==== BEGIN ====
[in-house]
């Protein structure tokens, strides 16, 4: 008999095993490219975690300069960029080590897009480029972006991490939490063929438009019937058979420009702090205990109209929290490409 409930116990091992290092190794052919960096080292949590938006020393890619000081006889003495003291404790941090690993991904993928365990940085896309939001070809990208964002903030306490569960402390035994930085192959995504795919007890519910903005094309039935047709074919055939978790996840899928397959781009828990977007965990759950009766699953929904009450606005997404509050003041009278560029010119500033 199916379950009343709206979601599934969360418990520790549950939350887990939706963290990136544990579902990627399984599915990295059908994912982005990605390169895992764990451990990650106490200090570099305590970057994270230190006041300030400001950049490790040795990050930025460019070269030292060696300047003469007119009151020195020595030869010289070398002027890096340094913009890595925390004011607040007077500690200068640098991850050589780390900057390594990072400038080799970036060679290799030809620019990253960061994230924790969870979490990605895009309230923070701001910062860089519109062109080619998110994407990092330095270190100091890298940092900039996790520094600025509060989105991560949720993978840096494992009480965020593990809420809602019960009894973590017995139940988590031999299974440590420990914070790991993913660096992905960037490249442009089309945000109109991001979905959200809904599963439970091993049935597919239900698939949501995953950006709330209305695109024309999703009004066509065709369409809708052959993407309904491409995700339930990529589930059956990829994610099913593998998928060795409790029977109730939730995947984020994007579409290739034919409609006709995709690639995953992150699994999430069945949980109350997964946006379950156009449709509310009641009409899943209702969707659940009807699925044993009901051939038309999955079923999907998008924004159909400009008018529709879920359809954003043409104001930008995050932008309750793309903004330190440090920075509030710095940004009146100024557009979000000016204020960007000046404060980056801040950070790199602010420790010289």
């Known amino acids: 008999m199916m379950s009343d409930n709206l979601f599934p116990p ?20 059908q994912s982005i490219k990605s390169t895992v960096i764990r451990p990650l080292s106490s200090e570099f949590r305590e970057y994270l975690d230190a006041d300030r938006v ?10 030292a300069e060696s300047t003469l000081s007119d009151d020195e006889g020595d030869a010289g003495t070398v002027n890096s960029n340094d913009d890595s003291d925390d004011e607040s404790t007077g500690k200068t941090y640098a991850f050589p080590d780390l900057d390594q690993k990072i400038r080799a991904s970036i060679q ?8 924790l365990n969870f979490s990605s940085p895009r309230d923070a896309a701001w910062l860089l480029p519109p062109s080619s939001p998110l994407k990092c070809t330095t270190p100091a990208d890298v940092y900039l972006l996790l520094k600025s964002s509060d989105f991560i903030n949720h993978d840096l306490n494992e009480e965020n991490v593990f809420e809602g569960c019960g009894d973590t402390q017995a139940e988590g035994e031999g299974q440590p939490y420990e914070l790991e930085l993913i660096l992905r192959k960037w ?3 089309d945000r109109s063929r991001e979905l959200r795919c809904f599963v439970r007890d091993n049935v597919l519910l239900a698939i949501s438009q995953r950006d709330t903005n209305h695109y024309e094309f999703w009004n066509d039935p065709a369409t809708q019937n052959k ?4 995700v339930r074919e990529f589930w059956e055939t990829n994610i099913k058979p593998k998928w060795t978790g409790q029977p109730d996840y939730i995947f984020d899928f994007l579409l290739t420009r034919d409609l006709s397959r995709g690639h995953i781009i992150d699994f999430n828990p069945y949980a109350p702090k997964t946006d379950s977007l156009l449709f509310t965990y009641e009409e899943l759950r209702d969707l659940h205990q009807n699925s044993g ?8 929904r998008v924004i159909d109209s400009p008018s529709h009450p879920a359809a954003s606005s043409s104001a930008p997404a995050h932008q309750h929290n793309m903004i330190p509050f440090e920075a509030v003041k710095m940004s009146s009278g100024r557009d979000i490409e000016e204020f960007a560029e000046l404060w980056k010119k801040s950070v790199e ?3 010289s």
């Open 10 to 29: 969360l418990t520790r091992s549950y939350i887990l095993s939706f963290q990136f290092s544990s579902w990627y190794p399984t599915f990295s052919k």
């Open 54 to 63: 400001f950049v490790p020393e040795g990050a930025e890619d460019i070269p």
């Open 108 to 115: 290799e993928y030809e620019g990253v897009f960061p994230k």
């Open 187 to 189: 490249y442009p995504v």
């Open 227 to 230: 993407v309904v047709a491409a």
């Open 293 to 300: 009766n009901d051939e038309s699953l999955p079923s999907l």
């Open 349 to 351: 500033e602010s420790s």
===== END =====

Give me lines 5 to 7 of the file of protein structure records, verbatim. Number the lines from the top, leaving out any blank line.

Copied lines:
């Open 54 to 63: 400001f950049v490790p020393e040795g990050a930025e890619d460019i070269p």
């Open 108 to 115: 290799e993928y030809e620019g990253v897009f960061p994230k």
């Open 187 to 189: 490249y442009p995504v």